Tundra Faces One Great Uphill War

By: Shane Morgay

No doubt, Toyota Motor Corp. is currently etching significant milestones in the auto industry's history. Its cars are doing well in the market and the sales figures continue to soar. Nonetheless, to complete the puzzle, the automaker needs to boost its performance in the pickup truck segment. To fill in the missing piece in the puzzle, the automaker released Tundra. Recently, it has started the production of bigger and more powerful Tundra at the automakers plant in San Antonio. The new Tundra is expected to impress hard-core truck drivers and to steal a slice of Ford's market.

Toyota Tundra, the replacement of T100, was introduced in 1999. The bigger Tundra, on the other hand, is unveiled at the Chicago Auto Show for the model year 2007. Parts and are made more sophisticated to respond to the demands of hard-core truck drivers.

Mike Toncevich, owner of Imagination in Landscaping in Ann Arbor and a certified hard-core truck driver said, "More than anything, a good truck is a workhorse, dependable over the long haul." In the past, Toncevich has owned more than 20 trucks. These trucks are from Chevy and Ford. Now, he is driving Ford F-250 and F-350. Regularly, Toncevich puts his trucks to the test to determine its capacity, performance, power, and ability.

Ford F-Series is composed of F-150, F-250, F-350, and Super Duty. These trucks are deemed the bread and butter of Ford. These trucks are remarkable. F-150, for instance, has been the best-selling truck in the U.S. for about 23 years. In addition, it has been the best-selling truck around the globe for 28 years. are made from state-of-the-art materials to boost the truck's full potentials. True truckers scrutinize their trucks. They examine the engine, transmission, frame, suspension, towing capability, and the resale value.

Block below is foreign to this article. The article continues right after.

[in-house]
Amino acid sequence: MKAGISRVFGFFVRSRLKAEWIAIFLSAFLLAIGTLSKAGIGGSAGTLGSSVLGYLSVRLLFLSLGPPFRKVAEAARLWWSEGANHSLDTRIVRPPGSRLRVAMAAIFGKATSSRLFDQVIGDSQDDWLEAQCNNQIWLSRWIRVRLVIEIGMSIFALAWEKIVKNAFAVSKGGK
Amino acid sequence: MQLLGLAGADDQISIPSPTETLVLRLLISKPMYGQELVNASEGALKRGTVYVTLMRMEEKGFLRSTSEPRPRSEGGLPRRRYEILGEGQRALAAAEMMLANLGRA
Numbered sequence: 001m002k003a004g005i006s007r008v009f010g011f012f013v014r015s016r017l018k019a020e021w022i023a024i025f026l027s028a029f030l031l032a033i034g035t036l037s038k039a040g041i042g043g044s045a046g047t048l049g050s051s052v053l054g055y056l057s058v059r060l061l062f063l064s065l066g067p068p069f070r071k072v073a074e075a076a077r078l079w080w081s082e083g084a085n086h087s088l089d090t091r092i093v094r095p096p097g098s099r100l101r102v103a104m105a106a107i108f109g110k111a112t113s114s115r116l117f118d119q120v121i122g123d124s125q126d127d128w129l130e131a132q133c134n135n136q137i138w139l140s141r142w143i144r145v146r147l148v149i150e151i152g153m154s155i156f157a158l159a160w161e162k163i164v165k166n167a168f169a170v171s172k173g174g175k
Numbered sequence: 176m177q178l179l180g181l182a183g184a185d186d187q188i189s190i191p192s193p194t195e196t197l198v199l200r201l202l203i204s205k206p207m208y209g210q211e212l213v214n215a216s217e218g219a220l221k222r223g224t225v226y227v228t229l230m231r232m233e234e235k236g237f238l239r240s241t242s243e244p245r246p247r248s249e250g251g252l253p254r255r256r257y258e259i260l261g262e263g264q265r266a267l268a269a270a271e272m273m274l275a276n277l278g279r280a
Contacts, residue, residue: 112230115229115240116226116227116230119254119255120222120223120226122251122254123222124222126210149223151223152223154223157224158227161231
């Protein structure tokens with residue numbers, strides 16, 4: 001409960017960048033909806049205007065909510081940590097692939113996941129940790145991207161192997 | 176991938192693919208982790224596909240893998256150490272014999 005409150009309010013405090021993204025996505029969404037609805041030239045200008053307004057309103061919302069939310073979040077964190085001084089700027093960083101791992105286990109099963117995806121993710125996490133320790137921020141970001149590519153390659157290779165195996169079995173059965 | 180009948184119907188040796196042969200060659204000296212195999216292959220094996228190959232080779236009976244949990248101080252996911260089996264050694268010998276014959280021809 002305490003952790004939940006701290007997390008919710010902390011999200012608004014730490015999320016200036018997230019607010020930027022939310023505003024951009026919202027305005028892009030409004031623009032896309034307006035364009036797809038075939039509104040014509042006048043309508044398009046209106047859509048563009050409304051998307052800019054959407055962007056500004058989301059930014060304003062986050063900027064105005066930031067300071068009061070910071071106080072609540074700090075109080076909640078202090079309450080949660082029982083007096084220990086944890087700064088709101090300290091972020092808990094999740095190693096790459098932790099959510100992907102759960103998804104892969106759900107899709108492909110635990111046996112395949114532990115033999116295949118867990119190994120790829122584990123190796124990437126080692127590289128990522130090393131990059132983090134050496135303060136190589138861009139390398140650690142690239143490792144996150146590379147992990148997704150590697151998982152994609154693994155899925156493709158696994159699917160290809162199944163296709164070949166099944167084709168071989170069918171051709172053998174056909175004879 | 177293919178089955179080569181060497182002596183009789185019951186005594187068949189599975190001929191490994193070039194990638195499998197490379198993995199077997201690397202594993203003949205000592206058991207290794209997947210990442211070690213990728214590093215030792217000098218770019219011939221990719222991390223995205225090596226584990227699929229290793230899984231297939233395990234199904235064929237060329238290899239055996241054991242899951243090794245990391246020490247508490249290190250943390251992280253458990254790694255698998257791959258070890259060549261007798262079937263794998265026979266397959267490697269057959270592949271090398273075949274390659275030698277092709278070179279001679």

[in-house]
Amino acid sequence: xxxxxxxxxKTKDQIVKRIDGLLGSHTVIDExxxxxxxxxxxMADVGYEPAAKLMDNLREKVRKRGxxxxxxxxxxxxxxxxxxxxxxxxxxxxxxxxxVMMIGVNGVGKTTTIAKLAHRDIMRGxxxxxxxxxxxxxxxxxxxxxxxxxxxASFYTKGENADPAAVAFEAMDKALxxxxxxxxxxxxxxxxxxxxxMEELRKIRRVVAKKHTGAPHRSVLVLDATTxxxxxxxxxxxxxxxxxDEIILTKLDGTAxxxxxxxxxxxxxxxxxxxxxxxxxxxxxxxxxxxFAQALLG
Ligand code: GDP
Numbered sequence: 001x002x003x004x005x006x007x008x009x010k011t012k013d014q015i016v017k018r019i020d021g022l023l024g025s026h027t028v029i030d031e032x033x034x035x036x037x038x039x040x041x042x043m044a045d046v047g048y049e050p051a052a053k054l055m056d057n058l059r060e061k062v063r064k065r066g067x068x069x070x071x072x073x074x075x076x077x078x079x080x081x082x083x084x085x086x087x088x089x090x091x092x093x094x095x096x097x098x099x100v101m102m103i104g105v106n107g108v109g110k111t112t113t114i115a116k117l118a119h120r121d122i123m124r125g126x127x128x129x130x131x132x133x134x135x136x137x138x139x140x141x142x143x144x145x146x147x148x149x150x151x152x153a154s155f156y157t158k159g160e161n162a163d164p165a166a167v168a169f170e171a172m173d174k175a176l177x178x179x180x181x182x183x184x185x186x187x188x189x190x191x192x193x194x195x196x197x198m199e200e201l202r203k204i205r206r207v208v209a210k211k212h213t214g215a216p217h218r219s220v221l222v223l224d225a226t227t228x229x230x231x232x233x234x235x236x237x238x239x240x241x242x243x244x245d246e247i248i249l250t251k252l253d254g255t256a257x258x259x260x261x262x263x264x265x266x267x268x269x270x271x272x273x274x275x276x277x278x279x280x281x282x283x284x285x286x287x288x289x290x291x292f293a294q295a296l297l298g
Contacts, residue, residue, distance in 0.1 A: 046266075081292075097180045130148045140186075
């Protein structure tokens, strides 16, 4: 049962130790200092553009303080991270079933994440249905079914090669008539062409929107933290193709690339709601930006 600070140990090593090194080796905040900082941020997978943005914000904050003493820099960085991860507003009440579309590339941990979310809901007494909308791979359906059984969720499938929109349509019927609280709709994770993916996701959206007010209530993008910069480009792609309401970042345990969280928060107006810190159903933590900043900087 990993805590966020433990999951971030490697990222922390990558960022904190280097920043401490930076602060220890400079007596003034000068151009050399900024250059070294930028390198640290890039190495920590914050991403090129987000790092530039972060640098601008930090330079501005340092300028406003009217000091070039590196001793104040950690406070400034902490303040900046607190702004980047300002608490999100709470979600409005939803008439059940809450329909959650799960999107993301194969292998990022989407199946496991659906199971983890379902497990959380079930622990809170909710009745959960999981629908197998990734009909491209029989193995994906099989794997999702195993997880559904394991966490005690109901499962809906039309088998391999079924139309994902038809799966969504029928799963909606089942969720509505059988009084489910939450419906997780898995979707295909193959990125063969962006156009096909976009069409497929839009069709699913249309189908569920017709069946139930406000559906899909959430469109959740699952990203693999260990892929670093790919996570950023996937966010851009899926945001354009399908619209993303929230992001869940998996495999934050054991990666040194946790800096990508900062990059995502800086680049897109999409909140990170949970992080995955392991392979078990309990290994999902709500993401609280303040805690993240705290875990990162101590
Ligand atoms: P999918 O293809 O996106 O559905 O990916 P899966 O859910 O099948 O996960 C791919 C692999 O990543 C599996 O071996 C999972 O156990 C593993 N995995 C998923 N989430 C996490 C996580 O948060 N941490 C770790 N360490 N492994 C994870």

Ford Motor Co., General Motors Corp. and the Chrysler Group's Dodge brand traditionally have dominated this market and have an advantage in the short run, said Alexander Edwards, president of the automotive division for Strategic Vision Inc., a San Diego-based marketing research firm. The firm also divulged that about only a quarter of current truck owners expecting to buy a full-size truck in the next year will consider a truck from an Asian automaker. Hence, domestic brands still have superior consideration, as high as 65 percent in favor of Chevy.

Edwards added, "They clearly have a lead, but none of them are going to like this statement: 25% of all of your buyers are looking at the Asians for definite consideration. People are going to consider" the new Tundra "and people are going to choose it, if the product is done correctly." In addition, according to the experts in the auto industry, brand new Tundra has gotten the attention of truck buyers.

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